On the machine that runs Apache, check whether the required modules are already loaded by your Apache instance by running this command:
In the output, look for proxy modules as follows:
The proxy_module is a dependency for proxy_module_http.
Type the following:
Add the proxy configuration to Apache. For example, a configuration that directs clients requests to the standard web port 80 at the proxy host to the Controller could look similar to this:
Apply your configuration changes by reloading Apache modules. For example, enter:
Start the Controller.
After the Controller starts, test the connection by opening a browser to the Controller UI as exposed by the proxy. To enable AppDynamics App Agents to connect through the proxy, be sure to set the proxy host and port settings in the proxy, as described in the general guidelines above. Also be sure to apply any of the other general guidelines described in the general guidelines above.
This section describes how to set up security when the client-side connection to the proxy uses SSL that's terminated at the proxy. This assumes that the proxy and Controller are in a secured data center and the App Agents or UI browser client connections are from a potentially insecure network.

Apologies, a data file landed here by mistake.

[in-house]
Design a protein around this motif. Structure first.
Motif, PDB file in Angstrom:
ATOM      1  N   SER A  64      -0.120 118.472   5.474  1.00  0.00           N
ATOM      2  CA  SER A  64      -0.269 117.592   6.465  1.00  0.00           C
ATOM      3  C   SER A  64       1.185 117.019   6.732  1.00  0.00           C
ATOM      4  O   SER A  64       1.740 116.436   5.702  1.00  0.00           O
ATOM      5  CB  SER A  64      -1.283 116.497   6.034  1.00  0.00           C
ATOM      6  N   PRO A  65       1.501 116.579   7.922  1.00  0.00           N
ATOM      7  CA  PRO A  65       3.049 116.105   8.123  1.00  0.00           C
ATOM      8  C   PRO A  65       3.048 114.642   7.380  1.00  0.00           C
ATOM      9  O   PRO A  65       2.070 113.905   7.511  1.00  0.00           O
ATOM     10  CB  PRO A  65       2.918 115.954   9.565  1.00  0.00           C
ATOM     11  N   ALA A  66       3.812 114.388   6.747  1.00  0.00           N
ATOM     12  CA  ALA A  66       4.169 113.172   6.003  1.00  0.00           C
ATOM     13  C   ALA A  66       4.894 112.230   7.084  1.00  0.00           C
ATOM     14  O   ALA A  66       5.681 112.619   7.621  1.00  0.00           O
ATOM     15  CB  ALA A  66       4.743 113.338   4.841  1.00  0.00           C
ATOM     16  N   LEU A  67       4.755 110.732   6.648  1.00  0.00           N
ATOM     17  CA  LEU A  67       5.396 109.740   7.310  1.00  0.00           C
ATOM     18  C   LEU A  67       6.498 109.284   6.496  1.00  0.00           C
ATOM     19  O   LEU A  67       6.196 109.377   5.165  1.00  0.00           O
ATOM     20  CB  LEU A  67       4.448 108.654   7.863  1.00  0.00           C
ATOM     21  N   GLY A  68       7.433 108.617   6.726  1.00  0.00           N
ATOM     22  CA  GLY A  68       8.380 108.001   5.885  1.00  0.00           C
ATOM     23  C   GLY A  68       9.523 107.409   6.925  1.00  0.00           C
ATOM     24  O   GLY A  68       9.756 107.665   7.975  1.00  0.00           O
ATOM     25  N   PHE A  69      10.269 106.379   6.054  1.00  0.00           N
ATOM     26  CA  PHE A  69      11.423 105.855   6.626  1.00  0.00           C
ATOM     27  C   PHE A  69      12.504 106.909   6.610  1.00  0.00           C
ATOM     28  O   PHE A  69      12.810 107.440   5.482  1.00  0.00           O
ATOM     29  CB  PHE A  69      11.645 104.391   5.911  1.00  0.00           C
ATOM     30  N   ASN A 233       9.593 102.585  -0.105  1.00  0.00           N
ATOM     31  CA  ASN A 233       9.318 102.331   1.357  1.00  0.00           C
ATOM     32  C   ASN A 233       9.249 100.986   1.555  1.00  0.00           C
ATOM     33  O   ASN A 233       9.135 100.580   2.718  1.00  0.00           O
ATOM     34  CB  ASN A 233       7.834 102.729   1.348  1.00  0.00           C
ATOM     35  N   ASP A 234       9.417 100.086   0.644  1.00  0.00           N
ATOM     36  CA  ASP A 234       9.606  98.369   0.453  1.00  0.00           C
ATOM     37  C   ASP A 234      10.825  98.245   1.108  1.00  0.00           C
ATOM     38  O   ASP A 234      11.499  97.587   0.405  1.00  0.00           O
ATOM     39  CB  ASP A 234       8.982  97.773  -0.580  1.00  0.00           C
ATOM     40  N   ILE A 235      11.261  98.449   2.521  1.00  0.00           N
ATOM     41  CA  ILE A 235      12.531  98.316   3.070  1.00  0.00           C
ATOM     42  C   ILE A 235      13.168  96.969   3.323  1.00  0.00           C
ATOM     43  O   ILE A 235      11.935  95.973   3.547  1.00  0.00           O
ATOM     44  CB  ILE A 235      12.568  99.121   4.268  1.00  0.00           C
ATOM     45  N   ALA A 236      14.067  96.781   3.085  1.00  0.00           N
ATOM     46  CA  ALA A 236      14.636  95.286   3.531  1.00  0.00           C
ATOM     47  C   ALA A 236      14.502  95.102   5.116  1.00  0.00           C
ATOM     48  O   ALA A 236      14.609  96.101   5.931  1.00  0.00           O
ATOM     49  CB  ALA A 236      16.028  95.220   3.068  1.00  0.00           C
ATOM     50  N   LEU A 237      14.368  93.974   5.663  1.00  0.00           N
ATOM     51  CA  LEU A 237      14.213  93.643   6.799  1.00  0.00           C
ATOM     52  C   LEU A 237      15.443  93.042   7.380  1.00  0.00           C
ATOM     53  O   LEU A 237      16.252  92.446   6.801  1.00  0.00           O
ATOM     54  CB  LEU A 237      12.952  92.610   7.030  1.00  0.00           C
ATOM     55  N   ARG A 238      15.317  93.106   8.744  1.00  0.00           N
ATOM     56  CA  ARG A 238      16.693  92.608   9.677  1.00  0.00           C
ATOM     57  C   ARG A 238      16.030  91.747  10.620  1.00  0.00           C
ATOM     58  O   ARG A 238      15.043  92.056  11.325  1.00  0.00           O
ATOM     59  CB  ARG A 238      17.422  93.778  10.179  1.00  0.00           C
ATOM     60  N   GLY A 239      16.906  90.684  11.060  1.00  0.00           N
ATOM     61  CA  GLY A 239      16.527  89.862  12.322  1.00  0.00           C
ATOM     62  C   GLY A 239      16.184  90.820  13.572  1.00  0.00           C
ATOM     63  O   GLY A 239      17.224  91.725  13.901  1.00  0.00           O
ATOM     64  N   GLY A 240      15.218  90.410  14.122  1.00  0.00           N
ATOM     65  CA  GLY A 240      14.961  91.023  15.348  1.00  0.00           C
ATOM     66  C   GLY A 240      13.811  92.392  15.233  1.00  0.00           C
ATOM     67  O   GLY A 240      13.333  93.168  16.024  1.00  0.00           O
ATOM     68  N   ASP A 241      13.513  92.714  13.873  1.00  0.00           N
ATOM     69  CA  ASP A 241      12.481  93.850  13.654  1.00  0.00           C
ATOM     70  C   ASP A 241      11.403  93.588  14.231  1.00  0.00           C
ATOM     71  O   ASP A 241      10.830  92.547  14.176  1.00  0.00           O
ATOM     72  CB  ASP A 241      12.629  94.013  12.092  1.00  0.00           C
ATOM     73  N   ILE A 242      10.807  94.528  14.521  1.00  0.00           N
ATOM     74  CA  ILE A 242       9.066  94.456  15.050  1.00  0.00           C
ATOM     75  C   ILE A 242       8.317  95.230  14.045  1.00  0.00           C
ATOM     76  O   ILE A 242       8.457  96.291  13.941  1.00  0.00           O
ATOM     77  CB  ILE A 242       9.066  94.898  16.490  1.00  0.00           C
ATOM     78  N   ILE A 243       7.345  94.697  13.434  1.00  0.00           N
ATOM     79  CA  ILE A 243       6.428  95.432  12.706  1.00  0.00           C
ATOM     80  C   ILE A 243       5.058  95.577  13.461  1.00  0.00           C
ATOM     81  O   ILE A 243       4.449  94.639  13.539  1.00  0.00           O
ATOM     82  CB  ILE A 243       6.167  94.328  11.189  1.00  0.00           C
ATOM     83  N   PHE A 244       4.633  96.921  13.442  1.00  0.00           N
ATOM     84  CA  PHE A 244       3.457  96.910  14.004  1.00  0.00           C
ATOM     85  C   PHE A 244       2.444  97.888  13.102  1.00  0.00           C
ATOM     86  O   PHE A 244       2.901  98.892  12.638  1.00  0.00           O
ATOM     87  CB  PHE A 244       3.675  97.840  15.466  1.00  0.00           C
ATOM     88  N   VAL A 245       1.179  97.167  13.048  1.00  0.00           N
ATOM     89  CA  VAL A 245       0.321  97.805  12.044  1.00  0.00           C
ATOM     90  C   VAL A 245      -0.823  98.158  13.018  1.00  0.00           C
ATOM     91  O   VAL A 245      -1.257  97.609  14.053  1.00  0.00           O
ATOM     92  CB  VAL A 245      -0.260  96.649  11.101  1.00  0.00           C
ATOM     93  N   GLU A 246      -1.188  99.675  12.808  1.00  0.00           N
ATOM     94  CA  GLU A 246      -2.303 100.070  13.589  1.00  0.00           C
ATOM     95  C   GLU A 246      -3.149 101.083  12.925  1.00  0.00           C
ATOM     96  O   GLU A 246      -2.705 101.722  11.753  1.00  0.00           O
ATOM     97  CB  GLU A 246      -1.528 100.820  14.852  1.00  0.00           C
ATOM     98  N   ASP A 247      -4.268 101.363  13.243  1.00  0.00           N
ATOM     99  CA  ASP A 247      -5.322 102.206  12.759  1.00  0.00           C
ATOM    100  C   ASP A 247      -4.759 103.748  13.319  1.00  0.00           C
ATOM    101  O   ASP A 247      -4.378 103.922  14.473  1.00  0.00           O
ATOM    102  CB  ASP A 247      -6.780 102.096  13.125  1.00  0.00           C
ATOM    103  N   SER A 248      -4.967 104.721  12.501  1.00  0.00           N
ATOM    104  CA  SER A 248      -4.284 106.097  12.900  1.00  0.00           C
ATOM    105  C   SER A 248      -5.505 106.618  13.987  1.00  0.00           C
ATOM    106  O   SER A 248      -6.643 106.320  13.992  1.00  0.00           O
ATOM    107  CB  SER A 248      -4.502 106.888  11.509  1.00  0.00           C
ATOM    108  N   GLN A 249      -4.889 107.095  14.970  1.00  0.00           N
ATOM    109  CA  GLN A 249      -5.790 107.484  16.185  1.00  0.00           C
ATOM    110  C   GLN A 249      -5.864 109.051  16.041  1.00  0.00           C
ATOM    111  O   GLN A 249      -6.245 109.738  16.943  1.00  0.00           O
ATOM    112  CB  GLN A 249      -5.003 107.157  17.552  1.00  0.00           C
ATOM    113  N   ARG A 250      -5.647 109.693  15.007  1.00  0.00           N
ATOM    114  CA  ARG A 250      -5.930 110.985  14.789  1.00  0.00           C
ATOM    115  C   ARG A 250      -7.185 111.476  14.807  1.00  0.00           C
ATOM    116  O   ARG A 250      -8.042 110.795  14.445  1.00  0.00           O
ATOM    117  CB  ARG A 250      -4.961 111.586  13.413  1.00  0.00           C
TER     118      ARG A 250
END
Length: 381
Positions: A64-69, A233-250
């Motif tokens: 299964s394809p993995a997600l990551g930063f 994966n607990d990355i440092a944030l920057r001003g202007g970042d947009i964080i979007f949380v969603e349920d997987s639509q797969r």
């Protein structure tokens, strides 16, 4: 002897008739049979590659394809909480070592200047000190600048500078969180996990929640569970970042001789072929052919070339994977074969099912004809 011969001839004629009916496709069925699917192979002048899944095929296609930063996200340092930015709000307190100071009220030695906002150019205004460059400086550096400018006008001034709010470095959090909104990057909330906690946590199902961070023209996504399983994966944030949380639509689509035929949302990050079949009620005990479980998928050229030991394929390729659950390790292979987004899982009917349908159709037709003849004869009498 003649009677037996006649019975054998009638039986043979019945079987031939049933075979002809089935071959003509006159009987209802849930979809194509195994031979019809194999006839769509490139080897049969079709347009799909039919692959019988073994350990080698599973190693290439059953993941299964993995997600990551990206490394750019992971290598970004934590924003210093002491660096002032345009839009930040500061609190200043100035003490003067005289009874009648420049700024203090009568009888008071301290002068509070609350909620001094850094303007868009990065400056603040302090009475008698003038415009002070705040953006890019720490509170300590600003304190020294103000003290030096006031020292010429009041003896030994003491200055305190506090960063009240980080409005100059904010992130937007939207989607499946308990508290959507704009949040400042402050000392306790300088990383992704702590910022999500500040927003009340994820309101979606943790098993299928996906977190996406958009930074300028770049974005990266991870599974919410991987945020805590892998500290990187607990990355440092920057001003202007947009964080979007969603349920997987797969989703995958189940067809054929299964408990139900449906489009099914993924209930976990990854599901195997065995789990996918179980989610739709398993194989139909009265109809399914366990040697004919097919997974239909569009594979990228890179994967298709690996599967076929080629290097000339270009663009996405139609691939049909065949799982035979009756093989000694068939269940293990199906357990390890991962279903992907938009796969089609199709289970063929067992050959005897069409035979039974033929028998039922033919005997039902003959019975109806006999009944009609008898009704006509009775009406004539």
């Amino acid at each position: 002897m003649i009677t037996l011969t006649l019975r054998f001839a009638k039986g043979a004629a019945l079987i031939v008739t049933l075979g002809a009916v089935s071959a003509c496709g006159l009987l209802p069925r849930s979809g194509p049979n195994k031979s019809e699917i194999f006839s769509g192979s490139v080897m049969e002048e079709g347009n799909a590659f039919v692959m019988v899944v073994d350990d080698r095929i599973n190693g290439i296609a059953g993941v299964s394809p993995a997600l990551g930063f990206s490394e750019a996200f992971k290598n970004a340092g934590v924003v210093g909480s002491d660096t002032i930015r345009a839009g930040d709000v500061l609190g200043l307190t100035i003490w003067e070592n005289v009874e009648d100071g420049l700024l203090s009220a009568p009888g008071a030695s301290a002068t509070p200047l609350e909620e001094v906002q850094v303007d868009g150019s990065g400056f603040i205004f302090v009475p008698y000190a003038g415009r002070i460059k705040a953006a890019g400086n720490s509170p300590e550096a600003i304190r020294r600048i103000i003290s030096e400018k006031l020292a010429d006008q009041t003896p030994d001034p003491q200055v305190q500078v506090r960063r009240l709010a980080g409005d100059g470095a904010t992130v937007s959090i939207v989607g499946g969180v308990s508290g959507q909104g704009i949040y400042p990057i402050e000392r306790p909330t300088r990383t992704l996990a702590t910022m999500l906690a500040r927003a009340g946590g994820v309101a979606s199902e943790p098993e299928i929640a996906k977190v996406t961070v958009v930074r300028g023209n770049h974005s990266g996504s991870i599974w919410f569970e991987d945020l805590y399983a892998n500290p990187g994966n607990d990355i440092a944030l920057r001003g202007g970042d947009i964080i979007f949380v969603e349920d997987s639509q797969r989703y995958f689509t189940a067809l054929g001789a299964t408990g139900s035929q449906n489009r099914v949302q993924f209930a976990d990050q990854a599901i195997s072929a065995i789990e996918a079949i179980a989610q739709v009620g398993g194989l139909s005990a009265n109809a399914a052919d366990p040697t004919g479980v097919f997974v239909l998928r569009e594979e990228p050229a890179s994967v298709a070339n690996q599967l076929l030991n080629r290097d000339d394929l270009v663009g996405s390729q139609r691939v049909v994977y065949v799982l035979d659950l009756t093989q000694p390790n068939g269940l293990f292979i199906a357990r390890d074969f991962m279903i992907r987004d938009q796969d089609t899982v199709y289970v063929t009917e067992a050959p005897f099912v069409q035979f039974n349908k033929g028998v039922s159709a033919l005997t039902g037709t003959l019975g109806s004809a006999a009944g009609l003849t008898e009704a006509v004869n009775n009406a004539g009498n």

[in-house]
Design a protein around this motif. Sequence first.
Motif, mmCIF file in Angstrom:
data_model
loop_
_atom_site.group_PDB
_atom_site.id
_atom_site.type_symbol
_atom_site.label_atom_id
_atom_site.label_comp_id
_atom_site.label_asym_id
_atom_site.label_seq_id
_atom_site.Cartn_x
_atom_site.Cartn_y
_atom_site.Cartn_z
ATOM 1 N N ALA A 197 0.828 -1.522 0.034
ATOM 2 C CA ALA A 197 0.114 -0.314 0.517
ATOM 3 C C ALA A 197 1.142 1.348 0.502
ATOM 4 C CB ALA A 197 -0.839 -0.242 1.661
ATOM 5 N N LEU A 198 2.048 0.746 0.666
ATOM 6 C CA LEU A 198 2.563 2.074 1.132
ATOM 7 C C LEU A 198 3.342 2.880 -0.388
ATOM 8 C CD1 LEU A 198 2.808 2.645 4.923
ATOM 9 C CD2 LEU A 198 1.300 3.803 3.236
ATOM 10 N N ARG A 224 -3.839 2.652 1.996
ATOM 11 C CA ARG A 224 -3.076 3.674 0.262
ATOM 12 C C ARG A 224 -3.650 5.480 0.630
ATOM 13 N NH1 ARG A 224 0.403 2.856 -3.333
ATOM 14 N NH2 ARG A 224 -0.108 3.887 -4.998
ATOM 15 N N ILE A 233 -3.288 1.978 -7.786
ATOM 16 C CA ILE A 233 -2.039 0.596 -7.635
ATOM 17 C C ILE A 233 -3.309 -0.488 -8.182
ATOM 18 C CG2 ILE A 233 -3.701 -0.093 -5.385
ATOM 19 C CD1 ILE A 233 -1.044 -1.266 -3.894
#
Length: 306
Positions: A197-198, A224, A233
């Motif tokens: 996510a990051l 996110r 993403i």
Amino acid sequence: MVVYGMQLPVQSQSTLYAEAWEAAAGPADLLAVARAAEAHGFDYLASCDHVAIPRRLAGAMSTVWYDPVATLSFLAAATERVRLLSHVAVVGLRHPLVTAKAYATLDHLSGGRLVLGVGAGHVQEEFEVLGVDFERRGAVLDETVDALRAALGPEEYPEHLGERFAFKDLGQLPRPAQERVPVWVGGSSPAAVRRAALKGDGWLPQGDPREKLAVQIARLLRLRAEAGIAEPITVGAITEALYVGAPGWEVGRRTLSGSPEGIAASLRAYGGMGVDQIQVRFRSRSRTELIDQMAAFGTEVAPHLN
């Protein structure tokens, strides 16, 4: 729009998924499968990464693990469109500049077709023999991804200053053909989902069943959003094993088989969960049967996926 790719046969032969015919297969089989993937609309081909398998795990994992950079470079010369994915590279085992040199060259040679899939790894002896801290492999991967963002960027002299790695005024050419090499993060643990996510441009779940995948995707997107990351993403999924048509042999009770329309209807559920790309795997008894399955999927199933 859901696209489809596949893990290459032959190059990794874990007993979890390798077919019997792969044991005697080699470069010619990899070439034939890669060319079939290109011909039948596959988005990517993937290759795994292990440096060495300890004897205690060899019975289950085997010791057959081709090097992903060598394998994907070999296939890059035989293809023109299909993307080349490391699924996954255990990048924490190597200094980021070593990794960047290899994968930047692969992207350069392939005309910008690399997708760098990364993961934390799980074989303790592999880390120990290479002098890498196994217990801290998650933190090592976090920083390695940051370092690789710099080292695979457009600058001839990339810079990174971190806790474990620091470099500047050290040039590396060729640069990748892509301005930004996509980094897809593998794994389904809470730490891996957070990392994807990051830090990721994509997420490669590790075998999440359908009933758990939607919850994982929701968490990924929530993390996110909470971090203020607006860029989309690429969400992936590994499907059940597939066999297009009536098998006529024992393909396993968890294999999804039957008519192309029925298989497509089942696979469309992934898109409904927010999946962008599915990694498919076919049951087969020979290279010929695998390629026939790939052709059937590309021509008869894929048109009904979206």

Terminating SSL at a proxy offloads the burden of SSL processing from the Controller to the proxy. This configuration is strongly recommended when deploying the Controller to large scale, high workload environments. Terminating SSL at a proxy also provides the benefit of having a central point in the data center for security certificate and key management.
This section provides an sample configuration for Nginx, but the concepts translate to other types of reverse proxies as well.
To enable SSL termination at the reverse proxy, you need to: